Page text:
Just as we were about to leave the rock the wind shifted to the S.W., and, from a fresh gale, it became what seamen term a hard gale, or such as would have required the fisherman to take in two or three reefs in his sail. It is a curious fact that the respective tides of ebb and flood are apparent upon the shore about an hour and a half sooner than at the distance of three or four miles in the offing. But what seems chiefly interesting here is that the tides around this small sunken rock should follow exactly the same laws as on the extensive shores of the mainland. When the boats left the Bell Rock to-day it was overflowed by the flood- tide, but the floating light did not swing round to the flood-tide for more than an hour afterwards. Under this disadvantage the boats had to struggle with the ebb-tide and a hard gale of wind, so that it was with the greatest difficulty that they reached the floating light. Had this gale happened in spring-tides when the current was strong we must have been driven to sea in a very helpless condition.

The boat which the writer steered was considerably behind the other, one of the masons having unluckily broken his oar. Our prospect of getting on board, of course, became doubtful, and our situation was rather perilous, as the boat shipped so much sea that it occupied two of the artificers to bale and clear her of water. When the oar gave way we were about half a mile from the ship, but, being fortunately to windward, we got into the wake of the floating light, at about 250 fathoms astern, just as the landing-master's boat reached the vessel. He immediately streamed or floated a life-buoy astern, with a line which was always in readiness, and by means of this useful implement the boat was towed alongside of the floating light, where, from her rolling motion, it required no small management to get safely on board, as the men were much worn out with their exertions in pulling from the rock. On the present occasion the crews of both boats were completely drenched with spray, and those who sat upon the bottom of the boats to bale them were sometimes pretty deep in the water before it could be cleared out. After getting on board, all hands were allowed an extra dram, and, having shifted and got a warm and comfortable dinner, the affair, it is believed, was little more thought of.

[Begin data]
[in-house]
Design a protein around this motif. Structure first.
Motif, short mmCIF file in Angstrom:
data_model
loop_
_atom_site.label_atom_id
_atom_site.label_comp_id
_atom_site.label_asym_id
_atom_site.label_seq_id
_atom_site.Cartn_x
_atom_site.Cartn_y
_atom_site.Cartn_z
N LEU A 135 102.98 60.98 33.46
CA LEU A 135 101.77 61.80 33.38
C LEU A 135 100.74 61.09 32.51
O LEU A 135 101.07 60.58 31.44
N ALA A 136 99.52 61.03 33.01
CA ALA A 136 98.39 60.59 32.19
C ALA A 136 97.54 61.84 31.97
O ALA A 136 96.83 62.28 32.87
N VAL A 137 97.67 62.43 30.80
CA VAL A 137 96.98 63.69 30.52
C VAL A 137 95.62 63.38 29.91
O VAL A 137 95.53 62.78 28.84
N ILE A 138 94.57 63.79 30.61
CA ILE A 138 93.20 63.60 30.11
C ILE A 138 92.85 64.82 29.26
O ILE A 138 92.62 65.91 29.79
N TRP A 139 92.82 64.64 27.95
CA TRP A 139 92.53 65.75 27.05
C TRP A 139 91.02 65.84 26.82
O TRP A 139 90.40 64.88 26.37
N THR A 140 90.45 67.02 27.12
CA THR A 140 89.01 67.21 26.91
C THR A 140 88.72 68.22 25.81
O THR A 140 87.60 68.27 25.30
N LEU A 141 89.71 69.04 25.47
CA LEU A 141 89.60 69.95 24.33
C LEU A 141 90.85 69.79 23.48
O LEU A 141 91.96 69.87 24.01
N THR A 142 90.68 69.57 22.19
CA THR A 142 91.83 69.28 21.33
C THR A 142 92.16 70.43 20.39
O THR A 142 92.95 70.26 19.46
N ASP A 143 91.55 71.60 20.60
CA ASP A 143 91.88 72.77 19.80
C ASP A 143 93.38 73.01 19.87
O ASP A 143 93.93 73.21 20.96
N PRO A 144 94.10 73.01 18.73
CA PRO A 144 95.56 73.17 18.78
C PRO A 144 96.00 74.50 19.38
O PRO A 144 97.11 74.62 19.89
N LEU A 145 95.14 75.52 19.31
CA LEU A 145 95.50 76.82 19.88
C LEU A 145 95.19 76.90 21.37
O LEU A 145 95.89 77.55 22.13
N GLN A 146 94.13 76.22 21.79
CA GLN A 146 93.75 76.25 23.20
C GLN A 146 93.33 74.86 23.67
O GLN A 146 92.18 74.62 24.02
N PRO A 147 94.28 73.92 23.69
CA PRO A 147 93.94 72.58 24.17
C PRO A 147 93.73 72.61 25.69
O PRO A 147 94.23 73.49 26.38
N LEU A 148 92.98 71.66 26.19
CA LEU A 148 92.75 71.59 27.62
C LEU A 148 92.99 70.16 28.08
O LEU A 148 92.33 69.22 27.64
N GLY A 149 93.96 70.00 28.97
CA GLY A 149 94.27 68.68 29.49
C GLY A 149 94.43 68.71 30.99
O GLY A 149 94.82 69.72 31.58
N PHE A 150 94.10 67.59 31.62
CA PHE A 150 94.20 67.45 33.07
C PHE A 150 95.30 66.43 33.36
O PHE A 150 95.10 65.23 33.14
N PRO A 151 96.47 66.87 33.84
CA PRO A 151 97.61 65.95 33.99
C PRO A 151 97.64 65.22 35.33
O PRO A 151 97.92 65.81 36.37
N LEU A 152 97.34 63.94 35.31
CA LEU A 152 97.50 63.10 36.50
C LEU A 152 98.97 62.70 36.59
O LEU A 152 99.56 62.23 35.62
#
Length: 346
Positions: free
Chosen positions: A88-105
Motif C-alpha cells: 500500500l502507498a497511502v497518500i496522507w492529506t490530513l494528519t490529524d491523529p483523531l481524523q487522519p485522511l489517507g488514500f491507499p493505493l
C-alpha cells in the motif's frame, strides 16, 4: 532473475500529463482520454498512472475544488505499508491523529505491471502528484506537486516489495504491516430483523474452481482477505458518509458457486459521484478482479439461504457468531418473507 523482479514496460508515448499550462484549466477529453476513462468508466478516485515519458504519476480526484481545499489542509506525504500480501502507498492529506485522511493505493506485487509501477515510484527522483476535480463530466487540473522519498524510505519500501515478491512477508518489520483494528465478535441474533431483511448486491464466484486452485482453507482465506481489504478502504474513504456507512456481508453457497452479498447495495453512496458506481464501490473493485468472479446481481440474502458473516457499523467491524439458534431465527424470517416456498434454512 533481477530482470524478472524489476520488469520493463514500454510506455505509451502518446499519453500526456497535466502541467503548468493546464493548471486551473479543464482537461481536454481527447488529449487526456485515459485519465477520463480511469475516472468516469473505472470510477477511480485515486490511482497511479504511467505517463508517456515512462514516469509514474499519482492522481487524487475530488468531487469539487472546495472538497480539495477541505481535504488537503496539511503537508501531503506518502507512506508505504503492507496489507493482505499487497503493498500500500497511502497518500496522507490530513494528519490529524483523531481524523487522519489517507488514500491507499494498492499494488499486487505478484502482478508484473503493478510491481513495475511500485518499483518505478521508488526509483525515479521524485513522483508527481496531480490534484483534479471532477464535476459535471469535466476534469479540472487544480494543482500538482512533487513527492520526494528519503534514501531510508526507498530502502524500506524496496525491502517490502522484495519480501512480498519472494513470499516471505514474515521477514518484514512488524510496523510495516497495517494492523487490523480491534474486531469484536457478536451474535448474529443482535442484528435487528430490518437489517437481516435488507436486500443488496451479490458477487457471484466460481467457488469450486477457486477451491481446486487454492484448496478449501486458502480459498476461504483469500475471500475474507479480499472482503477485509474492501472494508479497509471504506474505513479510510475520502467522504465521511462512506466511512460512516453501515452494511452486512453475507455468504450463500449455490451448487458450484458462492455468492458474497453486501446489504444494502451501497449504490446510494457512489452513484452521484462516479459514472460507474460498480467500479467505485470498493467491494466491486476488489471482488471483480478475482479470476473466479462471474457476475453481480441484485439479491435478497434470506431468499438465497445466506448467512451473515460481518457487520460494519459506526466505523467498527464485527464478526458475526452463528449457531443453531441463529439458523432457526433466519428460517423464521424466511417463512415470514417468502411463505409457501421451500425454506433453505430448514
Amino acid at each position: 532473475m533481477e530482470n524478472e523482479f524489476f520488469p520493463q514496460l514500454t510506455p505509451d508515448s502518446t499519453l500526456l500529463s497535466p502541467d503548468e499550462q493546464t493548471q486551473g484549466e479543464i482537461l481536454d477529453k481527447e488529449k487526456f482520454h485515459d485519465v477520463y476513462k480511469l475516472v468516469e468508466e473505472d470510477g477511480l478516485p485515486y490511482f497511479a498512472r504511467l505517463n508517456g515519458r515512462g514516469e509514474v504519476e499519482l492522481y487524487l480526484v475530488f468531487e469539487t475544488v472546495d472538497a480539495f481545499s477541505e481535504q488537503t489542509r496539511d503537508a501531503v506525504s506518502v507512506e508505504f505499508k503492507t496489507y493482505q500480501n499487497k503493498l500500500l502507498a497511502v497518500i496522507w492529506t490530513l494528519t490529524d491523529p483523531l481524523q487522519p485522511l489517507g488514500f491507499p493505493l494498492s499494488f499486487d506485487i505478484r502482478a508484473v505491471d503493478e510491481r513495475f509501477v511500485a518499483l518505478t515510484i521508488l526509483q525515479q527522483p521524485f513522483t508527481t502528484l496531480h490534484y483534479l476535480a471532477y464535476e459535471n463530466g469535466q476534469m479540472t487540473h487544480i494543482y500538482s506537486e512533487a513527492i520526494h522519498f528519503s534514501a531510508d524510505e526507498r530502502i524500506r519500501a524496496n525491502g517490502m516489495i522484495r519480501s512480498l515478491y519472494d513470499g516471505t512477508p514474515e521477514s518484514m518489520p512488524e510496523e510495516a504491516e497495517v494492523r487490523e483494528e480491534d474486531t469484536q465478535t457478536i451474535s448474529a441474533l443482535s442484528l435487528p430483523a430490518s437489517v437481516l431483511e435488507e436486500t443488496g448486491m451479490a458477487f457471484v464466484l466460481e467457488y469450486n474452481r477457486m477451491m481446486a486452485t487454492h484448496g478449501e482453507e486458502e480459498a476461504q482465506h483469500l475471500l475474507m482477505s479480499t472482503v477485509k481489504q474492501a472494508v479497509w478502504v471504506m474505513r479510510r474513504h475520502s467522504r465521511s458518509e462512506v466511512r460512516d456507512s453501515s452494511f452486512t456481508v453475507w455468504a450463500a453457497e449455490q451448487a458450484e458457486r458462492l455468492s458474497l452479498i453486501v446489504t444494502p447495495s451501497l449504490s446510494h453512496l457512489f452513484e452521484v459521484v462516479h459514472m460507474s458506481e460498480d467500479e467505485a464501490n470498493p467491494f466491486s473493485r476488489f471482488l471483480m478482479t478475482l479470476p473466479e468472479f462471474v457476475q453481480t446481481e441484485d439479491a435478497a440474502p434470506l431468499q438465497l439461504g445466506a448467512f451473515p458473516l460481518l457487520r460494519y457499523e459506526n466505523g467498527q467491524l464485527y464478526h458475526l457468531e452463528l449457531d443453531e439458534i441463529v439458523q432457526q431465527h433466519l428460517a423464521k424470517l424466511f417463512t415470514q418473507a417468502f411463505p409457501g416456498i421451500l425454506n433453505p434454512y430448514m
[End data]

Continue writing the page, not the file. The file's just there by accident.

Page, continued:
[Thursday, 27th Aug.]

The tides were now in that state which sailors term the dead of the neap, and it was not expected that any part of the rock would be seen above water to-day; at any rate, it was obvious, from the experience of yesterday, that no work could be done upon it, and therefore the artificers were not required to land. The wind was at west, with light breezes, and fine clear weather; and as it was an object with the writer to know the actual state of the Bell Rock at neap-tides, he got one of the boats manned, and, being accompanied by the landing-master, went to it at a quarter-past twelve. The parts of the rock that appeared above water being very trifling, were covered by every wave, so that no landing was made. Upon trying the depth of water with a boathook, particularly on the sites of the lighthouse and beacon, on the former, at low water, the depth was found to be three feet, and on the central parts of the latter it was ascertained to be two feet eight inches. Having made these remarks, the boat returned to the ship at two p.m., and the weather being good, the artificers were found amusing themselves with fishing. The Smeaton came from Arbroath this afternoon, and made fast to her moorings, having brought letters and newspapers, with parcels of clean linen, etc., for the workmen, who were also made happy by the arrival of three of their comrades from the workyard ashore. From these men they not only received all the news of the workyard, but seemed themselves to enjoy great pleasure in communicating whatever they considered to be interesting with regard to the rock. Some also got letters from their friends at a distance, the postage of which for the men afloat was always free, so that they corresponded the more readily.

Robert Louis Stevenson
Classic Literature Library

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